the next generation of non-naturally occurring cannabinoids.”
Although oral dosing is the most straightforward form of drug delivery, typically associated with high patient compliance, one perceived issue associated with developing stable and ingestible cannabinoid-derived drugs is their inherently oily and labile nature. “There is a common misconception that cannabinoids cannot be made into a stable, solid crystalline powder form,” says Hoerner. “This is not the case. For example, pure CBD is an odorless white, crystalline powder, as are many other cannabinoids like CBDA, CBGA, THCA, CBDV, and CBG. These highly pure, solid and stable API forms are generally easier to handle prior to being included in various formulation technologies.”
Hoerner adds that cannabinoid-derived drugs can also be problematic to isolate whether they be accessed through botanical extraction, biosynthetic or synthetic means, due to their inherent labile characteristics. “CBD itself can degrade to Δ9-THC, Δ8-THC, become hydroxylated, or form a quinone under the right conditions,” he explains. “Thus, an in-depth knowledge of the stability of the API itself as well as in the dosage form is required to ensure a consistent product that meets pharmaceutical quality standards.”
One company striving to improve drug bioavailability by providing proprietary formulation and delivery platforms is CURE Pharmaceutical, widely recognized within the industry for its pioneering oral thin film technology. “The Agricultural Improvement Act passed in December 2018 really opened up a lot of possibilities for us to start working with plant-derived cannabinoids, specifically cannabidiol,” notes Jessica Rousset, COO. “At CURE, we’re exploring self-emulsifying drug delivery systems: taking these oily, fatty molecules and putting them into
solutions, increasing their bioavailability in the process. That’s currently a big gap in the field, and one that we’re trying to fill through our own innovation and by means of acquisition opportunities and strategic partnerships in the cannabinoid space.”
The pathway for cannabinoids to be approved as drugs is relatively straightforward due to the wealth of existing FDA guidance for the regulatory approval of pharmaceuticals. “There is real consumer excitement over CBD and hemp-based products available today in retail outlets or online,” says Hoerner. “Where there is confusion is in situations where irresponsible industry produces an unapproved product and either directly or indirectly makes claims that it can cure, treat or prevent a disease, without any regulatory oversight or approval,” “If you want to sell a cannabinoid-derived product to cure, treat or prevent a disease, you must go through the appropriate regulatory approval process which exists to protect patients and consumers alike.”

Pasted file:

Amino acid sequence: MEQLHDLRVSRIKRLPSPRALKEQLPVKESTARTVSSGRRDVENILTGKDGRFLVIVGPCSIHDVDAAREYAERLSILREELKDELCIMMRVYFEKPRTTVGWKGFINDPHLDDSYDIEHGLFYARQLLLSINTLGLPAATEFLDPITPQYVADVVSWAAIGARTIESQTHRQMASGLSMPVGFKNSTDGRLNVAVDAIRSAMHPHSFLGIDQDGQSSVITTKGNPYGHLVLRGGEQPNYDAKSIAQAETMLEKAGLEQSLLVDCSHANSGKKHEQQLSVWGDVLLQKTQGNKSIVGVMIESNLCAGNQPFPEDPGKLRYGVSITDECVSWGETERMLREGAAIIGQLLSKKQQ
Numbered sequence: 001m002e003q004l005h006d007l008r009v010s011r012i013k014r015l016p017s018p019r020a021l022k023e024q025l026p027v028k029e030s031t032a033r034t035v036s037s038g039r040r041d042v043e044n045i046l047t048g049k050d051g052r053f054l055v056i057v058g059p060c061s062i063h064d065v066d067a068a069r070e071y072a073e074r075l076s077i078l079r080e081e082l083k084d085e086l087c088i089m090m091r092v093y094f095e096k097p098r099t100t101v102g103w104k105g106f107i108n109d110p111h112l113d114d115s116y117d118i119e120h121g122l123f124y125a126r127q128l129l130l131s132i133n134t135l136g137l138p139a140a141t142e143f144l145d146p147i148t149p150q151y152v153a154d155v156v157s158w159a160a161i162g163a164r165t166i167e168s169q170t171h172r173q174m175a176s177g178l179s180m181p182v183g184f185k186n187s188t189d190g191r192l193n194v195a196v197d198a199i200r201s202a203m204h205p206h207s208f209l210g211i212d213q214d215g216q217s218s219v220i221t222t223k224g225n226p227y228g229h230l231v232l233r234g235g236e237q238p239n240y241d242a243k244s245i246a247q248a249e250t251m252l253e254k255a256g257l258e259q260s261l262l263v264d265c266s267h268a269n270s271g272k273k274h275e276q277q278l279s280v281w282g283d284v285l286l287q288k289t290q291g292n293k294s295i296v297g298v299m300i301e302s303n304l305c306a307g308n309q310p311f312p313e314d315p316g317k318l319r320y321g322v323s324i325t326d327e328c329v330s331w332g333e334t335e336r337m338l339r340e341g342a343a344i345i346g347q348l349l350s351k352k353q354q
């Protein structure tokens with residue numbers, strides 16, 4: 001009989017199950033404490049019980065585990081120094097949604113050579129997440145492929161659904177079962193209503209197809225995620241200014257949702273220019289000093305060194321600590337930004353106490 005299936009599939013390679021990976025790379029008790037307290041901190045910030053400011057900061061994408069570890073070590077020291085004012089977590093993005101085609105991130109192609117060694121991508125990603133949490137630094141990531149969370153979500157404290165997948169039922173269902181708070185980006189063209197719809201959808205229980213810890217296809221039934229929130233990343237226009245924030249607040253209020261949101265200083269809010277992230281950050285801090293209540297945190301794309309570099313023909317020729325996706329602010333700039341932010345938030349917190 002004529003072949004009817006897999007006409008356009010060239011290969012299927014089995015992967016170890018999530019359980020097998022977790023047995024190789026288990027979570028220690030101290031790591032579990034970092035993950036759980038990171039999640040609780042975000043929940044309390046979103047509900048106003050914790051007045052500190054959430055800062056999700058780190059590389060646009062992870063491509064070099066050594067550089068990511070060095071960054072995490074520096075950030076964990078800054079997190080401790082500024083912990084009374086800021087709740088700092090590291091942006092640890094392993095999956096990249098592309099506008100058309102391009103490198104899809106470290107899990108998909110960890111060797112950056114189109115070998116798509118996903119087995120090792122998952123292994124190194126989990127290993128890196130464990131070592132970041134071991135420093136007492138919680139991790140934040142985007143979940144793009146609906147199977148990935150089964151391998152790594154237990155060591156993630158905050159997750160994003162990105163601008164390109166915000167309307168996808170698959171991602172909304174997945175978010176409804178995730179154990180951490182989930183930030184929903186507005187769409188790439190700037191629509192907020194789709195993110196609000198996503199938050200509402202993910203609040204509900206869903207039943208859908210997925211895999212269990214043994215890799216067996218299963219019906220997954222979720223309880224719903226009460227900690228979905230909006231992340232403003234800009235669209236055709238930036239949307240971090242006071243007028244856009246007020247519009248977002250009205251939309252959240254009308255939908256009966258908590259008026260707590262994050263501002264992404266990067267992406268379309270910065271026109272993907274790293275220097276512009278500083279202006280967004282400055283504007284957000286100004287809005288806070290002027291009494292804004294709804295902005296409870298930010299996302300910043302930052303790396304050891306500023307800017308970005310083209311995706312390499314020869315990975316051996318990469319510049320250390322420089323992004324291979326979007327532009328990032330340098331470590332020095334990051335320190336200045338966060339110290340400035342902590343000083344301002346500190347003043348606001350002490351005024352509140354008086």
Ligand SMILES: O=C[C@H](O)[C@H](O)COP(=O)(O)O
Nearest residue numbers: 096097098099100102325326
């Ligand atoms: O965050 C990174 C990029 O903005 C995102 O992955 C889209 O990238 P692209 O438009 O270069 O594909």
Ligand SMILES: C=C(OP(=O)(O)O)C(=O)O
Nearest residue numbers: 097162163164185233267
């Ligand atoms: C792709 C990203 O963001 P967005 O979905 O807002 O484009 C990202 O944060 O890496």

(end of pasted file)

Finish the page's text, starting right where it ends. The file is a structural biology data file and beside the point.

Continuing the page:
“If a drug product hasn’t been through clinical studies to meet rigorous regulatory guidelines, you have no idea of its quality, pharmacokinetics, safety, tolerability and ultimately efficacy,” adds Furmanski. As things stand, Epidiolex® is the only cannabinoid-derived product on the shelf that meets FDA guidelines for therapeutic use. With approval already in place, GW Pharmaceuticals is in a strong position to tack on additional drugs, but these will of course be subject to the same level of scrutiny as any other potential new therapeutic. That aside, the approval of Epidiolex® provides strong encouragement that, with sound development programs in place, many additional companies will successfully launch cannabinoid-derived drugs as much-needed therapeutic agents.
What’s the outlook for cannabinoid-derived drugs?
Join us at CPhI North America in Philadelphia, September 9-11, 2020, to meet with more than 500 exhibitors and 5000+ global visitors, and to attend our panel discussion centered on these important products. With insight from thought leaders concerning the current state of the market, growth potential, and key challenges of developing cannabinoid-derived drugs, don’t miss the opportunity to learn from experts in the field.